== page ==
Tracking and analyzing traffic to your website can prove to be invaluable for serious website owners. You need to know certain information in order to improve your site, learn which promotion methods work best for you and to effectively sell advertising.
This information includes statistics such as unique visits to your site, total pageviews, referring URLs to your site, common entry and exit pages, and more depending on what you use to track your traffic. There are two main ways to do that, through the web logs generated by your host's web server every time someone requests a file on your site, or through a 3rd party stat tracking service.
Many web hosts offer web logs but some don't, you'd have to ask your individual host if they do. These logs contain important information such as the user's host or IP address, the file they requested and at what time and what URL they were last at. Web analyzing software can generate reports from this information to display to you this information about your website. Several are:
If you don't have web logs or would rather not set up software to analyze them, another option is to use an outside tracking service. Most of these come in the form of free statistics in exchange for placing a small button or advertisement on each page you'd like to track. A disadvantage to using these is that nothing is tracked if the button doesn't load, if for example a visitor hits the stop button or leaves the page before it's finished loading. These are several good free stats services:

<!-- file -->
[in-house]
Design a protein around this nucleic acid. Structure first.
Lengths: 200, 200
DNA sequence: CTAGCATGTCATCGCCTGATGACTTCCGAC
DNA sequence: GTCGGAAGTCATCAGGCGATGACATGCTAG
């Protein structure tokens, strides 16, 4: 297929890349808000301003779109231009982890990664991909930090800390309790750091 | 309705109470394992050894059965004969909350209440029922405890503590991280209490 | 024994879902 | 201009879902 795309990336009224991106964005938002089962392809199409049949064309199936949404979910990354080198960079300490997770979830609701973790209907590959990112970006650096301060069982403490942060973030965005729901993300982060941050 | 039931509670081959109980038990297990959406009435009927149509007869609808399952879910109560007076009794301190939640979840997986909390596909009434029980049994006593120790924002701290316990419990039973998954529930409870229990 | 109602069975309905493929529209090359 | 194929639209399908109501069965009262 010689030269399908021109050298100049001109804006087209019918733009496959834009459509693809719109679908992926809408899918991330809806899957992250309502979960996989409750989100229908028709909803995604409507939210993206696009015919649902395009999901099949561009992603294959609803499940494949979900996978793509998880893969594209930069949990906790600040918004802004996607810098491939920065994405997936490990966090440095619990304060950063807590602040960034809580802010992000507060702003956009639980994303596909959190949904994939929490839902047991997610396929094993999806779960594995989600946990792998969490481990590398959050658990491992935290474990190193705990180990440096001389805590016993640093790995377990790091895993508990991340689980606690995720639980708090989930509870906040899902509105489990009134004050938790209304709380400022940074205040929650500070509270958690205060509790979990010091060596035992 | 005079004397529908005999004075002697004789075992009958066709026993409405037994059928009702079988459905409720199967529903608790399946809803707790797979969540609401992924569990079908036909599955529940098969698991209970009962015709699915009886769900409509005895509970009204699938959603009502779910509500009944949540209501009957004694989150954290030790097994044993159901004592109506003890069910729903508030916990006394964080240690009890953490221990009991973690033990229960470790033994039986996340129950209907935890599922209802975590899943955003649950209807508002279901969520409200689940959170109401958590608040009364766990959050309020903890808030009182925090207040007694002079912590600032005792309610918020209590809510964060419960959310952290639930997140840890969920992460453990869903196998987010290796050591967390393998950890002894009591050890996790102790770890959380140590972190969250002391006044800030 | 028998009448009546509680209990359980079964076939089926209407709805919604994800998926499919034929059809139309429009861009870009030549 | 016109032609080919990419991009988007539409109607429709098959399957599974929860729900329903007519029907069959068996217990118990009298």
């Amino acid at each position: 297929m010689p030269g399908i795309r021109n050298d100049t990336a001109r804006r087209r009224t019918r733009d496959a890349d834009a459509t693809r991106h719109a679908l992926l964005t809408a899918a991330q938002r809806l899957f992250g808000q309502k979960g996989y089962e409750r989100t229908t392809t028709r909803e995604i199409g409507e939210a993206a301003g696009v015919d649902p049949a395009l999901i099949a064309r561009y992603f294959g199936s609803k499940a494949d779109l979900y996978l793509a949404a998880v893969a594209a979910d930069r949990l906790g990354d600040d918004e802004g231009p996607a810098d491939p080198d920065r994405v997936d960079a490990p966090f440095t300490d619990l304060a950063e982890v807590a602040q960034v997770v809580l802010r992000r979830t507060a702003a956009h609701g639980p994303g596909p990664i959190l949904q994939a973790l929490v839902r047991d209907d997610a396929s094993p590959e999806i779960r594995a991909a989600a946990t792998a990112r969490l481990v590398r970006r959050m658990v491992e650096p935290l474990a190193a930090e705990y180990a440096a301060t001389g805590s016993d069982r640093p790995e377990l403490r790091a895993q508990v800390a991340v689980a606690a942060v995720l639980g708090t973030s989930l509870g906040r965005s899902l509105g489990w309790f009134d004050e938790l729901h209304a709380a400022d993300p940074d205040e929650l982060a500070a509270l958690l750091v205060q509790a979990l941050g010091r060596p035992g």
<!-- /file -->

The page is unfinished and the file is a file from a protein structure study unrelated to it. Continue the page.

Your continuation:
Once you've set up some type of tracking program, whether it is a web log analyzer or an outside service, you can use the data you get to improve your site, promote it, and earn revenue from it. You need to understand the basic terms most will use:
A unique visit is a single computer connecting to your website. While each visitor may view several pages and travel throughout your site, they will only register once as unique (usually per 24 hour period).
A pageview is a count of individual webpages requested from your site. A single visit may generate a certain number of pageviews, so by dividing the number of pageviews by unique visits you can approximate how many pages of your site each person requests. This can be helpful in determining whether you need to work on navigation or add additional enticement for visitors to move throughout your site.
A hit is registered for every file requested from your server. Only web logs can contain information about hits as every page, image, CGI script, SSI inserted document, or other file requested gets registered as a hit; without weblogs you can only analyze pageviews but not hits.
Each time someone visits a page of any site, their browser sends a referrer which allows you to track where they arrived at your site from. This can be used to analyze which sites are sending visitors your way, allowing you to track the effectiveness of promotion or advertising.
BROWSER, RESOLUTION, OS
Depending on the software or service you use, you may be able to track information on any of the above. This information can be useful in determining what screen resolution, operating system, an d browser version most of your visits are using to better serve them. If a majority of your traffic is running at 640x480 resolution you wouldn't want to create webpages 800 pixels wide.
The information you gain from analyzing traffic to your website can prove invaluable. You can use the information you gain for soliciting advertisers, tracking which promotion methods work best for your site, and improving your site. If you're not already doing so, start tracking your site's traffic now!